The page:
Chronically Cheerful #6: Change starts with you.
Why you never know who you can inspire, and a BIG announcement!
I hope this summer is treating you kindly. Summer is simply *not my season.* The heat has got your girl cranky and cranking up the AC.
However, there’s one thing I’m REALLY excited about…
You’re invited to my Summer Spoonie Sessions: small group conversations for chronically ill women to find levity and empathy, advice and support — no matter where you are on your healing journey. 🤗
Let's be honest: chronic illness can feel like a cluster****. Whether you currently have a diagnosis or not, whether you've lived with a condition for 10 years or 1 month — life with chronic illness can leave you lonely, frustrated and searching for answers.
These convos will connect you to other women who understand what it means to go through the physical, mental and emotional turbulence that comes with chronic illness. (For now, groups will be female identifying only. Thanks for understanding!)
Sign up below to get on the list!
Send any questions or thoughts my way. Thanks for being here, and can’t wait to connect with some of you in a Spoonie Session!
Change can begin with you.
By now, I’m sure you’ve seen the news about Simone Biles withdrawing from the Olympics to care for her mental health. This news came on the heels’ of Naomi Osaka’s withdrawal from this year’s French Open because of her mental health, citing the toll news conferences take on players' emotional well-being.
I have a LOT of thoughts and feelings about both of these women. Their pain and their bravery; that they shouldn’t have to be this brave; the weight they shoulder as elite athletes, women, people of color, a victim of abuse (I could go on!)…
These two individuals shouldn’t have to be “shifting our view on mental health” and “leading America’s mental health moment.” IMO, that burden should fall upon systems, not two people. 🥺 Yet through their actions, they’re doing it.
Naomi and Simone shook up major expectations and forged a new path for vulnerable leadership by saying “no” on the world stage to say “yes” to themselves and their well-being.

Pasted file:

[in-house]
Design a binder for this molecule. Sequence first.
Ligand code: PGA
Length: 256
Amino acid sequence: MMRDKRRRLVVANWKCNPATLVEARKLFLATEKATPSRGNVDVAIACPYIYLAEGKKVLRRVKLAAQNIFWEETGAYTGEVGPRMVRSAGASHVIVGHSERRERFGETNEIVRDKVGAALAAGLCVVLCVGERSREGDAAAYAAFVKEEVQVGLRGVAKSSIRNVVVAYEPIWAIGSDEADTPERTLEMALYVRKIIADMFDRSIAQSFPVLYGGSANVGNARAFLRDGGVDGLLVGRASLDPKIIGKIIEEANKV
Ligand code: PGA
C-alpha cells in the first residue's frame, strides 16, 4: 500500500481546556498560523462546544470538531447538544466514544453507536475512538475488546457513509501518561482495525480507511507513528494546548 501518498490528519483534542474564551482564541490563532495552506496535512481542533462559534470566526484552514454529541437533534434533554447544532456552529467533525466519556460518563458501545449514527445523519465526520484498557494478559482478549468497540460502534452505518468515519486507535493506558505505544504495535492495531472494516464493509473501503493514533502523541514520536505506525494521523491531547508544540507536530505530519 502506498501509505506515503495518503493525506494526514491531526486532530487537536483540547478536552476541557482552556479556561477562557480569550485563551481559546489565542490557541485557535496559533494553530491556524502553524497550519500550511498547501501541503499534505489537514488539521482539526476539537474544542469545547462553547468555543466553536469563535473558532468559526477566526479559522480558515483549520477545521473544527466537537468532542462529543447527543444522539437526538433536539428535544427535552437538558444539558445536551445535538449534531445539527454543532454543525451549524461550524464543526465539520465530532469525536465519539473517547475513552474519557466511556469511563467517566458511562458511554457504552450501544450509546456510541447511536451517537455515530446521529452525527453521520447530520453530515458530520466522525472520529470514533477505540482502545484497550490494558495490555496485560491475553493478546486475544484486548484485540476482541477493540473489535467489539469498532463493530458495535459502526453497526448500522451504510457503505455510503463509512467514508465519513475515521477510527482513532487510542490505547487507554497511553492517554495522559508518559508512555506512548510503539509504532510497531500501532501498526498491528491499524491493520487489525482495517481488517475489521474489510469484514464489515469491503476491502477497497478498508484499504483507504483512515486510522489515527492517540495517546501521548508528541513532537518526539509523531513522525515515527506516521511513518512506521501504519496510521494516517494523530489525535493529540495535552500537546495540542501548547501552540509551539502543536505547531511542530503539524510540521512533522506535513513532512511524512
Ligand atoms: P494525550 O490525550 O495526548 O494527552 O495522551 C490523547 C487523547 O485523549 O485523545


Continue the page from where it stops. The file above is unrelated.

But in a smaller way, whenever we go against societal expectations to care for ourselves, we others permission to do the same. This is the one of the meanings behind the adage “self-care isn’t selfish” — not only can we better show up for others when we protect our health, but you never know who you will inspire, in your own circles or wider community, when you carve out necessary space for being your best. 🥇
Reflect on This
Recently on IG, I posted the below image, which sparked some amazing conversation.
Many of us already know our “love language,” a concept which posits that each of us have a primary way that we want to receive affection. The idea is that by learning which “language” people prefer to receive love, we can better communicate our affection among friends and partners to build strong relationships.
But what about your love language — with yourself?
I thought applying this concept to self-love was totally novel. In my relationships with others, I most value quality time and words of affirmation. Would these same love languages would extend inwards? After some thought, I was surprised to find that “acts of service” for my future self — like meal prepping in advance or cleaning my space — make me feel the most cared for and satisfied.
Take a moment to think about what actions you take that go the farthest in making you feel good in your mind and body. Do your love language(s) differ? A deeper self understanding of what matters to you most can help you to more wisely spend energy on self-care. 🥰
If you’re anything like the average internet user, you have too many unread tabs open on your browser right now (guilty).
On the surface, the new chrome feature which lets you organize your tabs into groups helped me manage my digital chaos. While I no longer had approximately 30 weekly unread articles and links staring me in the face, they still silently haunted my browser. 👻
My “To Read” tab, once a source of joy, became yet another source of something to endlessly catch up on. This past week, I renamed the “To Read” tab to “Stay Curious” and suddenly felt more motivated to explore its contents. That nagging guilt was quickly replaced by a hearty dose of intrigue — the very feelings that led me to bookmark those links originally. ✨
This was great! Especially the love languages for yourself and reframing. I might do that with my own "To Read" list!